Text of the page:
Why this summer is mushroom season at Gagosian

Carsten Holler returns with Reason, a new fungi-focused show at the Gagosian on West 24th Street
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Carsten Höller, Flying Mushrooms, 2015, Installation view, “Carsten Höller: Decision,” Hayward Gallery, London, 2015 Polyester mushroom replicas, polyester paint, synthetic resin, acrylic paint, wire, putty, polyurethane, rigid foam, stainless steel 16’ 8 3/8” × 28’ 3 3/8” × 28’ 3 3/8” (5.1 × 8.6 × 8.6 m) Artwork © Carsten Höller. Photo by Ela Bialkowska. Courtesy Gagosian.
Carsten Höller, Flying Mushrooms, 2015, Installation view, “Carsten Höller: Decision,” Hayward Gallery, London, 2015 Polyester mushroom replicas, polyester paint, synthetic resin, acrylic paint, wire, putty, polyurethane, rigid foam, stainless steel 16’ 8 3/8” × 28’ 3 3/8” × 28’ 3 3/8” (5.1 × 8.6 × 8.6 m) Artwork © Carsten Höller. Photo by Ela Bialkowska. Courtesy Gagosian.

When Carsten Holler wonders where the trippy stuff in mushrooms comes from, he isn’t pondering some hippy nonsense. The German artist holds a doctorate in agricultural entomology, and worked in a European research lab before embarking on a career in contemporary art, which has seen him create slides, swings, and climbing-frame sized dice, as well as huge fungi sculptures.

His interest in mushrooms and their psychedelic properties certainly goes back 20 years, to his 1996 video work, Muscimol, in which he took a dose of the active ingredient in fly agaric mushrooms and recorded the effects.

By way of publicising his show of recent work, opening at the Gagosian gallery at 555 West 24th Street in New York on 20 June, Holler says, “I find mushrooms incredible. Their sole function is to lift their spores out of the ground to be carried away by the wind. So why do they have this immense variety of shapes, colors, and constituents, some of them psychoactive? As far as we know, they don’t communicate with other mushrooms above the ground, and they don’t use these toxins to protect themselves. There’s something else going on that we don’t understand.”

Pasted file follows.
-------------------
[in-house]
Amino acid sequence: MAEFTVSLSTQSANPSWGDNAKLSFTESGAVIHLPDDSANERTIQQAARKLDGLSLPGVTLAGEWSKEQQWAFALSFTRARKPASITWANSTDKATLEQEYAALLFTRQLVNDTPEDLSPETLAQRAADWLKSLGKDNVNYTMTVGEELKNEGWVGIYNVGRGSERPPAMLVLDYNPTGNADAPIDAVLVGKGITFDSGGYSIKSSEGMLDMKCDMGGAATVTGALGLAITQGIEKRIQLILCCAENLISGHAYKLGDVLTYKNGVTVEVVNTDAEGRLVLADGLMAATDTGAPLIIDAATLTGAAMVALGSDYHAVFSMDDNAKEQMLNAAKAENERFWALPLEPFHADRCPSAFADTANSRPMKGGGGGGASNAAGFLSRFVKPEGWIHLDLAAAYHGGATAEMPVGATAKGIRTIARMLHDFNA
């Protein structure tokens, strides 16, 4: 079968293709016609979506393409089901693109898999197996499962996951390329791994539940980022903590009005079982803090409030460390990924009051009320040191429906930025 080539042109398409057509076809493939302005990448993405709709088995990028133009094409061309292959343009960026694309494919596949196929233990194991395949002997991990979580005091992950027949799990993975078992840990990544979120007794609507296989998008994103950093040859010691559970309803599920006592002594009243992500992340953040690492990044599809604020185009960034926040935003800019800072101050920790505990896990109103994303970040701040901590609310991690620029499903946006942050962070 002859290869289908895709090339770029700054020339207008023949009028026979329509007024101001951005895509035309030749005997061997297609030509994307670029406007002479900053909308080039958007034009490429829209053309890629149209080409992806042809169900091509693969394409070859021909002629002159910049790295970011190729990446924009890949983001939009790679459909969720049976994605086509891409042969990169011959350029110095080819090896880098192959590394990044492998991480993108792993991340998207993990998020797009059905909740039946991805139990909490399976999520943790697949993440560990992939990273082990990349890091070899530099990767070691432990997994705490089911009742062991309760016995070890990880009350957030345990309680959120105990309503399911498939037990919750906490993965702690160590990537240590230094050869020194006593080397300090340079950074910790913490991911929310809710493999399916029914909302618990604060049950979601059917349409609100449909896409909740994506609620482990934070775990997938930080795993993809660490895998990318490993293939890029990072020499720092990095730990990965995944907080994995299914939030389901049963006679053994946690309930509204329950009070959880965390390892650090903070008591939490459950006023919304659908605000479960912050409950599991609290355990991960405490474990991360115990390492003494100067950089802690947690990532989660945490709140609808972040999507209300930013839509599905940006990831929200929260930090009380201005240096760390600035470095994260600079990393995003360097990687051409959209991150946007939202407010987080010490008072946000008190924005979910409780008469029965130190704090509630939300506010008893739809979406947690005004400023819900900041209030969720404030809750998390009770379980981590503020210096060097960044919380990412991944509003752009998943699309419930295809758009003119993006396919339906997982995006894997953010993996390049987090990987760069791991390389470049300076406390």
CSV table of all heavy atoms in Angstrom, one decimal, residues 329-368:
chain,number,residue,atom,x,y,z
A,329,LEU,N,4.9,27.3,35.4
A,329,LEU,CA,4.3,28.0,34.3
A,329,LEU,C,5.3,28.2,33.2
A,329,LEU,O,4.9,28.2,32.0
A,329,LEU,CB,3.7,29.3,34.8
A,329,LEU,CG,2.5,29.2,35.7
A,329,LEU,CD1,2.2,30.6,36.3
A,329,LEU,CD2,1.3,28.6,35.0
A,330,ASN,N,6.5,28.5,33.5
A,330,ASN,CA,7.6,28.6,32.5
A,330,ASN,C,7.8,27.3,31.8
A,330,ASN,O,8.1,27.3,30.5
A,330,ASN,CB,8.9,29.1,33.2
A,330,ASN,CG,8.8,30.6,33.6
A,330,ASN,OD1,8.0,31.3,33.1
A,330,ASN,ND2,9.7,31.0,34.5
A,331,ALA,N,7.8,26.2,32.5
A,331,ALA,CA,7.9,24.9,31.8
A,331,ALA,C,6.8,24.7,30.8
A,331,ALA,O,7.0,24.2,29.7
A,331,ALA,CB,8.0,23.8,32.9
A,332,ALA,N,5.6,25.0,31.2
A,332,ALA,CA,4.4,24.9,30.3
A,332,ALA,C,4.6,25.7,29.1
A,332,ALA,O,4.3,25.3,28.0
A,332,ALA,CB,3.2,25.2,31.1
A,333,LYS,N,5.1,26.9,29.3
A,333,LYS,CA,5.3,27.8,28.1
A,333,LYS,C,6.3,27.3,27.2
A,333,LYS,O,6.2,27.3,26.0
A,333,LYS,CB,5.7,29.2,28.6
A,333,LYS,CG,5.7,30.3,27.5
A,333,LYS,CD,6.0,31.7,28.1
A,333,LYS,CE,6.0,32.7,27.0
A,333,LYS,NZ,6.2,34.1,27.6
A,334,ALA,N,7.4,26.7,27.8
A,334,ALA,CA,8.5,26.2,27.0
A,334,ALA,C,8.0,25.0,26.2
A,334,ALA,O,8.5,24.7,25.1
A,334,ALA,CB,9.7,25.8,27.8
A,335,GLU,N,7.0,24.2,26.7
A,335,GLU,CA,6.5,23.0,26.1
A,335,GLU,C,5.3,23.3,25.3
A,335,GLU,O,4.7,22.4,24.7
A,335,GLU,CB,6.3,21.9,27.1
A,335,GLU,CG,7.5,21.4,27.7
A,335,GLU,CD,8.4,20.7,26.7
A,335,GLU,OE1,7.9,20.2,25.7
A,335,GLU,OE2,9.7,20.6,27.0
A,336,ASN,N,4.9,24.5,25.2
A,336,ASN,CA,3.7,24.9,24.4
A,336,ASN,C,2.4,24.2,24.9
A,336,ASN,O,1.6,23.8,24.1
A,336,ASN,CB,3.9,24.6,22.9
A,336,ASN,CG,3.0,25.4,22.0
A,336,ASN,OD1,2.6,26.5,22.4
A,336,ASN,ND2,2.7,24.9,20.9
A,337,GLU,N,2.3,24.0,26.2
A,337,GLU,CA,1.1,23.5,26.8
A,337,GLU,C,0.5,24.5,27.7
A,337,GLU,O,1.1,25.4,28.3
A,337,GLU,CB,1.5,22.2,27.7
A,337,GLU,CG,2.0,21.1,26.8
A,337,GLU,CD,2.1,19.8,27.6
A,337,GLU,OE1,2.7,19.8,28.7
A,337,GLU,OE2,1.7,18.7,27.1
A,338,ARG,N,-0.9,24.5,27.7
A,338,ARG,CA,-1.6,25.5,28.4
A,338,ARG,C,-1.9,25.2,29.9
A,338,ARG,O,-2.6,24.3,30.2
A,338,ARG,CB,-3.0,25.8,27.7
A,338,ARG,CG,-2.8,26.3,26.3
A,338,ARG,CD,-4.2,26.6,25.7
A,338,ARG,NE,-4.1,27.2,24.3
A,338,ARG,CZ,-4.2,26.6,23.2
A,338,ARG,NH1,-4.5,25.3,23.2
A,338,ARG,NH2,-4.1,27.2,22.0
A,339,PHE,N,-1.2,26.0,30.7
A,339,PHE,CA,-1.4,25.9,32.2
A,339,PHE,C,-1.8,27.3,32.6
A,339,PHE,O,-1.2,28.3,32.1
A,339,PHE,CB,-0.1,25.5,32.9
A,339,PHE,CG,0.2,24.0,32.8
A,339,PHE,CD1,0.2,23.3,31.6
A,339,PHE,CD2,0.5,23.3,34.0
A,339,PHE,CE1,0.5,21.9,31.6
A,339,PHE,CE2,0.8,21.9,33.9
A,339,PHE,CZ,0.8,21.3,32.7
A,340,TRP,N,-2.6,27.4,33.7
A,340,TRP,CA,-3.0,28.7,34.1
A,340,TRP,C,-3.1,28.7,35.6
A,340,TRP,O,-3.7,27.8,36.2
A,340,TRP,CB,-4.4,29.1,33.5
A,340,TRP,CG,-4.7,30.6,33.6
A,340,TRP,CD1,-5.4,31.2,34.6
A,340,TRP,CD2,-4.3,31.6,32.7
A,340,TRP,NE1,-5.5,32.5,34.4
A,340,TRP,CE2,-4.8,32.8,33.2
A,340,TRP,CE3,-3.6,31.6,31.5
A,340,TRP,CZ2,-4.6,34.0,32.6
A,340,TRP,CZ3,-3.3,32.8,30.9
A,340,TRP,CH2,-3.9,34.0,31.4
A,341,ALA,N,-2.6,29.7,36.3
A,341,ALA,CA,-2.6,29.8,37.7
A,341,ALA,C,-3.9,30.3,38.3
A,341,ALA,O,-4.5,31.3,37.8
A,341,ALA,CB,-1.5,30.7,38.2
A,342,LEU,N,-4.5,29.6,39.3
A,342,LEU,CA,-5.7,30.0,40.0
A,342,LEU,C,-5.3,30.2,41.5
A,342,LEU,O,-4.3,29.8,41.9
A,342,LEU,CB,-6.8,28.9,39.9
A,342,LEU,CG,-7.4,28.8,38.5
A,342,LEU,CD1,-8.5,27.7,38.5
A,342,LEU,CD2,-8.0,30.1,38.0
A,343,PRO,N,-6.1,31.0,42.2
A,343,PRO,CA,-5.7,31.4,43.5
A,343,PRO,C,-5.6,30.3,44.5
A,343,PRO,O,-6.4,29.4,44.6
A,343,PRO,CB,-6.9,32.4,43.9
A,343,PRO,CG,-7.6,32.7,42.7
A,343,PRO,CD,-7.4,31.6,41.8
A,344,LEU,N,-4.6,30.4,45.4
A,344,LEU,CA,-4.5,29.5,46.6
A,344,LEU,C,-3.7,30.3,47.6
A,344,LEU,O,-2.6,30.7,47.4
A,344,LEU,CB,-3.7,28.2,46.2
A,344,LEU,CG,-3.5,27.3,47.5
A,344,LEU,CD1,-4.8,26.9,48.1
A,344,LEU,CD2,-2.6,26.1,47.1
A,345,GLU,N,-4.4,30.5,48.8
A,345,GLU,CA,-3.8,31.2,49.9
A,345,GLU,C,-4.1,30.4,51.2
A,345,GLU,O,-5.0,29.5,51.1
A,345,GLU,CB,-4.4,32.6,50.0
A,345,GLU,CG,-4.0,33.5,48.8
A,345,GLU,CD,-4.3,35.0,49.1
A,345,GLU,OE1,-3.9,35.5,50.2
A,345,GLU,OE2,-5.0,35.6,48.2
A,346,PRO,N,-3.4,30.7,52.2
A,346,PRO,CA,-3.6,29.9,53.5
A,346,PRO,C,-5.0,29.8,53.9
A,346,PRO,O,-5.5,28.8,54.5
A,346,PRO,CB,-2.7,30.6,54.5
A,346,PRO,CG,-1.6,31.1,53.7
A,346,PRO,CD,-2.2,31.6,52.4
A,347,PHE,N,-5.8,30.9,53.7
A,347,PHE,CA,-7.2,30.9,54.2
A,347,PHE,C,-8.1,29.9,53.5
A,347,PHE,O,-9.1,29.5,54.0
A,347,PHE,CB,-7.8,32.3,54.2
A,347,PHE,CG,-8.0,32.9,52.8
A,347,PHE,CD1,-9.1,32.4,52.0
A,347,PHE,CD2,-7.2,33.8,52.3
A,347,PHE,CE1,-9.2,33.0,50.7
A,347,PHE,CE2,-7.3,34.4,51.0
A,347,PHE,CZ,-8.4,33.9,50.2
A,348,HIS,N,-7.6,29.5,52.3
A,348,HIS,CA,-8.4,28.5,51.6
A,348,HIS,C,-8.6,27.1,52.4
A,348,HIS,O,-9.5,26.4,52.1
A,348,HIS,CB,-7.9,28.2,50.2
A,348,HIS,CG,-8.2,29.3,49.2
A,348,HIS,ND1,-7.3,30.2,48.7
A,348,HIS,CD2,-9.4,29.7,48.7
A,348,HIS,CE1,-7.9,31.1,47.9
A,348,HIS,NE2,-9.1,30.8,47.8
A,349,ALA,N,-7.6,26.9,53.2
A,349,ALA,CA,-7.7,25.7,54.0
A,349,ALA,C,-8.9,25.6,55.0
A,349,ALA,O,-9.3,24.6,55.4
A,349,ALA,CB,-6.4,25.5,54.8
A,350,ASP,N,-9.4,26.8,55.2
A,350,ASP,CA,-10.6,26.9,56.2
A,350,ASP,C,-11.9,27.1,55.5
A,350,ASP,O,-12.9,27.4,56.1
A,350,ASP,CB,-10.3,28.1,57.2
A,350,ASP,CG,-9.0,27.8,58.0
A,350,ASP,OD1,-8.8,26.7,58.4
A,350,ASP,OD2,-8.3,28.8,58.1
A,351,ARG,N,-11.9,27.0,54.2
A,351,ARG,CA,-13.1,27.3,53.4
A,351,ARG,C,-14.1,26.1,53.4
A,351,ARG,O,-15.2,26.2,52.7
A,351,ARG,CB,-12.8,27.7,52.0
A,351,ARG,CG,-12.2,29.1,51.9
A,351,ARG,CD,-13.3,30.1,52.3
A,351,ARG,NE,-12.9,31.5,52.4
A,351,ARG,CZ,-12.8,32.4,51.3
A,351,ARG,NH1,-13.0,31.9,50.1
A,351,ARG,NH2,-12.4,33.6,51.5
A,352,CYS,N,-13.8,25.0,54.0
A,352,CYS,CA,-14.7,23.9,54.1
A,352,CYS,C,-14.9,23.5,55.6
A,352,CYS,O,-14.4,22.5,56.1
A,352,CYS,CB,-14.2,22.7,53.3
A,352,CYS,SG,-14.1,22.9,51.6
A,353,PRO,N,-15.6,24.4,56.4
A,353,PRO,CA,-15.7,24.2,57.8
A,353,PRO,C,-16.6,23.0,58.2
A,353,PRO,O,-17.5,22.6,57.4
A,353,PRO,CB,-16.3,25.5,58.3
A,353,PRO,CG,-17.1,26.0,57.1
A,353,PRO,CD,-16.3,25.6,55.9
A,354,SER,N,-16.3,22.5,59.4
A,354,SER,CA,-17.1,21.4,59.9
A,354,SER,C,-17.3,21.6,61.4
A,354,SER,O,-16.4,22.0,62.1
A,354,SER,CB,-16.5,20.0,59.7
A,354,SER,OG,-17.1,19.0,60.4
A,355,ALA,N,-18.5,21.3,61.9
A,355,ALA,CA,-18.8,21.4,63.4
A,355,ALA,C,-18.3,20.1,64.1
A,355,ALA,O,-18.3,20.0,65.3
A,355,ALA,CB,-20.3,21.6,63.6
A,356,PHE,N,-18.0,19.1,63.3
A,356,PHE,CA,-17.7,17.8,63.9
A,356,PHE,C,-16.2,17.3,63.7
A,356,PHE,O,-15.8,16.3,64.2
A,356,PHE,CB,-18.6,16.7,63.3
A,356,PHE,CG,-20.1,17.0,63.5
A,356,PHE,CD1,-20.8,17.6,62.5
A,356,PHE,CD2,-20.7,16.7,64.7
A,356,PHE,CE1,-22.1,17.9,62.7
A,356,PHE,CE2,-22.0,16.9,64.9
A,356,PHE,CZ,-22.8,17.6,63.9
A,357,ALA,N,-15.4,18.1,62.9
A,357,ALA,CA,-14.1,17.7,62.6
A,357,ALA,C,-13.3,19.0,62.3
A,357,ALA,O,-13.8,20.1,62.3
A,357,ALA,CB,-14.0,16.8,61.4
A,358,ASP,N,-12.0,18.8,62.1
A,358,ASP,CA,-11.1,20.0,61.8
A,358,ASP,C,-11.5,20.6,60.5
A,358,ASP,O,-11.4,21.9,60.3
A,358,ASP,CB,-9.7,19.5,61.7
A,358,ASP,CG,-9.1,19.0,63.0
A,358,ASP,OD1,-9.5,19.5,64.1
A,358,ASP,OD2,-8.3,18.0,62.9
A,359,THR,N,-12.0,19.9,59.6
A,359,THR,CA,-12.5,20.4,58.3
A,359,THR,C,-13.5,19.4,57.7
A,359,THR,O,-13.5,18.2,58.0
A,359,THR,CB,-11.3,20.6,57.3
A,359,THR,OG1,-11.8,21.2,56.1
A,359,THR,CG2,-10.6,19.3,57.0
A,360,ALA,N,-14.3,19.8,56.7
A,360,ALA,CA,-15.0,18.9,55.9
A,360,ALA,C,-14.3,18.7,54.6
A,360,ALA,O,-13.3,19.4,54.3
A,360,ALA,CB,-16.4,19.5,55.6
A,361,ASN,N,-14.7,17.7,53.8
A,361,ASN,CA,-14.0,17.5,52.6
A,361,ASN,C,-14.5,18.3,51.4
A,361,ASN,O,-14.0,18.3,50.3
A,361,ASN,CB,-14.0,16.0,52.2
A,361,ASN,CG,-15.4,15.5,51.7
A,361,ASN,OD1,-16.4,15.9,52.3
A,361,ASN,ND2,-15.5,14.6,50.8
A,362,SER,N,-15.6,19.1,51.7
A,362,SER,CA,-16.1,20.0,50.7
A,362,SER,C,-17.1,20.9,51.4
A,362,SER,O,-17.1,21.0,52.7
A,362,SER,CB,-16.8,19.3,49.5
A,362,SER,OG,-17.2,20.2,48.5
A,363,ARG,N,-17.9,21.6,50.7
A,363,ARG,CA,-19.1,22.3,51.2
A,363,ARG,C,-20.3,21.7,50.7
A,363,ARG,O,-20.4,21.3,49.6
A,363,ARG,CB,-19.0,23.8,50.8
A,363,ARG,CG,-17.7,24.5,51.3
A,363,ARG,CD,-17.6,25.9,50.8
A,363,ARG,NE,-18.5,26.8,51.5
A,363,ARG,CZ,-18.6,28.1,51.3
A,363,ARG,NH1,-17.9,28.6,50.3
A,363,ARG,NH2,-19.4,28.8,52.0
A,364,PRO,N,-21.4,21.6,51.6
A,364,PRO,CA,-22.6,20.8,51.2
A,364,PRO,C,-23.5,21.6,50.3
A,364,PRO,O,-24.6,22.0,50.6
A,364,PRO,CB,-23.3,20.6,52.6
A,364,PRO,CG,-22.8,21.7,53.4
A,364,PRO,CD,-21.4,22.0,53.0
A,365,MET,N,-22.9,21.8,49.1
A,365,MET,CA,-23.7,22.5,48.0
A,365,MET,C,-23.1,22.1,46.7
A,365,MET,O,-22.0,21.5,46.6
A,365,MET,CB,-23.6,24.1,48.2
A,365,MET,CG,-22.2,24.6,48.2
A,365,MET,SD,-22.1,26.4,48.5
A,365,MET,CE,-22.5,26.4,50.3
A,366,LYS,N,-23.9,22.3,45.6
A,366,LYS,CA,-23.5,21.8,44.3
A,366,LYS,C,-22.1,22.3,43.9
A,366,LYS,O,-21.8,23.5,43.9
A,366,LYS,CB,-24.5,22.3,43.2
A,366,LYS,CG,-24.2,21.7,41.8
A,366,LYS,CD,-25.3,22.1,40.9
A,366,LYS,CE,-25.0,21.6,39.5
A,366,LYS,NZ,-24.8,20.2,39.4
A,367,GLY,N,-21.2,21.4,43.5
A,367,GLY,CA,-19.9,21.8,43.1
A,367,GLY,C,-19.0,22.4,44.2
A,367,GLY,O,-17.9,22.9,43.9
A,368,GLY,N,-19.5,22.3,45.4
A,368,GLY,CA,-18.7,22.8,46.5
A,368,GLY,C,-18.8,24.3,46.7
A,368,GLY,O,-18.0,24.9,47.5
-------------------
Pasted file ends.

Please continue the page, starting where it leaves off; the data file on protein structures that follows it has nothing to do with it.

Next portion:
Carsten Höller, Flying Mushrooms, 2015, Installation view, “Carsten Höller: Decision,” Hayward Gallery, London, 2015 Polyester mushroom replicas, polyester paint, synthetic resin, acrylic paint, wire, putty, polyurethane, rigid foam, stainless steel 16’ 8 3/8” × 28’ 3 3/8” × 28’ 3 3/8” (5.1 × 8.6 × 8.6 m) Artwork © Carsten Höller. Photo by Ela Bialkowska. Courtesy Gagosian.
Carsten Höller, Flying Mushrooms, 2015, Installation view, “Carsten Höller: Decision,” Hayward Gallery, London, 2015 Polyester mushroom replicas, polyester paint, synthetic resin, acrylic paint, wire, putty, polyurethane, rigid foam, stainless steel 16’ 8 3/8” × 28’ 3 3/8” × 28’ 3 3/8” (5.1 × 8.6 × 8.6 m) Artwork © Carsten Höller. Photo by Ela Bialkowska. Courtesy Gagosian.

From a research point-of-view, it’s a fair question. Don’t expect Carsten to get to the bottom of it at this new show, called Reason, even if the artworks have an air of the research lab about them.

As we explain in The 21st Century Art Book, “Höller draws on scientific history and methodologies to create works that alter the audience’s physical and psychological sensations, inviting shifts in behaviour and altering our perceptions and sense of logic.”

Instead, expect bewildering, ’shroom themed works like his 2015 Flying Mushrooms sculptures, and perception altering installations similar to his 2016 mirrored piece Revolving Doors. They might have the clinical finish of lab-grade instruments, yet the enquiries they answer are likely to be a little more fuzzy.

 

Carsten Höller Revolving Doors, 2016, mirrored revolving glass doors, aluminum, alucobond, steel 219 3/4 × 219 3/4 × 89 3/4 inches (558 × 558 × 228 cm) Artwork © Carsten Höller. Photo by Attilio Maranzano. Courtesy Hayward, Hangar Bicocca and Gagosian.
Carsten Höller Revolving Doors, 2016, mirrored revolving glass doors, aluminum, alucobond, steel 219 3/4 × 219 3/4 × 89 3/4 inches (558 × 558 × 228 cm) Artwork © Carsten Höller. Photo by Attilio Maranzano. Courtesy Hayward, Hangar Bicocca and Gagosian.

For more on Holler’s place within contemporary art get The 21st Century Art Book; for more on mushrooms get Evolution: A Visual Record and Plant: Exploring the Botanical World


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